Belgian PM: 'Heating or lights don't go off in our country'

Belgian prime minister Alexander De Croo (Open VLD) and Energy minister Tinne Van der Straeten (Groen) have faced fierce criticism over their energy policy in parliament, as a recent report shows that there could be a shortage of 900 to 1,600 MW at peak times in coming winters. Yet prime minister De Croo says there is nothing to fear. In fact, according to him, other European countries no longer have blackouts, thanks to Belgium.

"In some countries, the question is: how will we get through this winter? In our country, we are looking three winters ahead. Why? Because this government is playing it safe," Belgian prime minister Alexander De Croo (OpenVLD) argued during a parliamentary discussion about the current energy policy.

Energy report

The reason for the parliamentary discussion was a report by high-voltage grid operator Elia and gas grid operator Fluxys, which showed that a shortage of 900 to 1,600 MW could occur at peak times in the coming winters. According to the prime minister, they were asked to outline the worst-case scenario. "We asked Elia: what should our country do in that worst-case scenario so as not to be dependent on other countries?"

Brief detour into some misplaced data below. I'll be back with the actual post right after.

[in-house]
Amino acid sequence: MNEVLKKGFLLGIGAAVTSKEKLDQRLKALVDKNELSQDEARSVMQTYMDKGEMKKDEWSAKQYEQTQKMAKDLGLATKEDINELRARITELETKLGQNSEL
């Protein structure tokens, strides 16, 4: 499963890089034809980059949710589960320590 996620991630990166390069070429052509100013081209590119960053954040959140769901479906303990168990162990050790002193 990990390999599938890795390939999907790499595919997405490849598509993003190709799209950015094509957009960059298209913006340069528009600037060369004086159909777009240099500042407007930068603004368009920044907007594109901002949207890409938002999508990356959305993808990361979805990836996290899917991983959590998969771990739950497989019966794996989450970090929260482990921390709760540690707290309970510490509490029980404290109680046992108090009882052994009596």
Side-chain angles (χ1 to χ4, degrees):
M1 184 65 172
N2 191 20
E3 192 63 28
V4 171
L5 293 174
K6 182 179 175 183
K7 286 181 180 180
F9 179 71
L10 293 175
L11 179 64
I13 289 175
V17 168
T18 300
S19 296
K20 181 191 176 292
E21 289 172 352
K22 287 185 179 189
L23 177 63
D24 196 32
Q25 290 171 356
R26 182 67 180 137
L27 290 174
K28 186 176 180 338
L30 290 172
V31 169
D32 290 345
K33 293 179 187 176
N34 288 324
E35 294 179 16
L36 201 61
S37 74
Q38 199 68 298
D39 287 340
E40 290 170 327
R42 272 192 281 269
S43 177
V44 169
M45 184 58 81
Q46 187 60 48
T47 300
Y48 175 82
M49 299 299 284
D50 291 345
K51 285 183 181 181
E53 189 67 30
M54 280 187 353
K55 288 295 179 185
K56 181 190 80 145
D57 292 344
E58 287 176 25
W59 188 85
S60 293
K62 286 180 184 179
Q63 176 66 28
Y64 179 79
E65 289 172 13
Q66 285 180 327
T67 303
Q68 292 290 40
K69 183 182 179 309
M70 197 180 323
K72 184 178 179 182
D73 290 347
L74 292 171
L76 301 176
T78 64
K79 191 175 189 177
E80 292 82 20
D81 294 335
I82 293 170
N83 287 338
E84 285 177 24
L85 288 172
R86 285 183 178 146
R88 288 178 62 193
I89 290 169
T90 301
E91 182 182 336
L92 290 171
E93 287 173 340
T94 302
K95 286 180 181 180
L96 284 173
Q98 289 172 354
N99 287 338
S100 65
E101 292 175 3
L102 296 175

According to De Croo, Belgium is doing better than its neighbours. "Other European countries are having a very different discussion this winter. In Germany, they are working on an industrial switch-off plan. In Switzerland, there are plans to forbid electric cars from driving this winter. In other countries, they are working on expanding the most polluting power plants, coal plants, over time."

"Those countries are not experiencing blackouts today thanks to our firm energy policies"

Those plans are unnecessary for Belgium, De Croo argued. "Some of those countries do not have a blackout today, thanks to whom? Thanks to our country. Those countries are not experiencing blackouts today thanks to our firm energy policies. Those are the facts," De Croo argued.

Horror winter

With his statement, De Croo is referring to France, which is experiencing a horror winter, according to Energy minister Tinne Van der Straeten. "Belgium, ​ traditionally an importer to France, is exporting to France today. We are talking about 2.8 gigawatts. That means that in our country, two power plants are permanently running to supply France with energy," she said.

Based on Elia's report, the Energy minister will now look for a solution to a possible shortage in the winter of 2025-2026. "For the winter of 2025 and 2026, we count on Doel 4 and Tihange 3, on which we are now negotiating with Engie and have the determination to reach an agreement." That should happen before the end of the year.


Energy minister Tinne Van der Straeten and Prime Minister Alexander De Croo pictured during a plenary session of the Chamber at the Federal Parliament in Brussels on Thursday 08 December 2022.

© BELGA PHOTO Bruno Fahy


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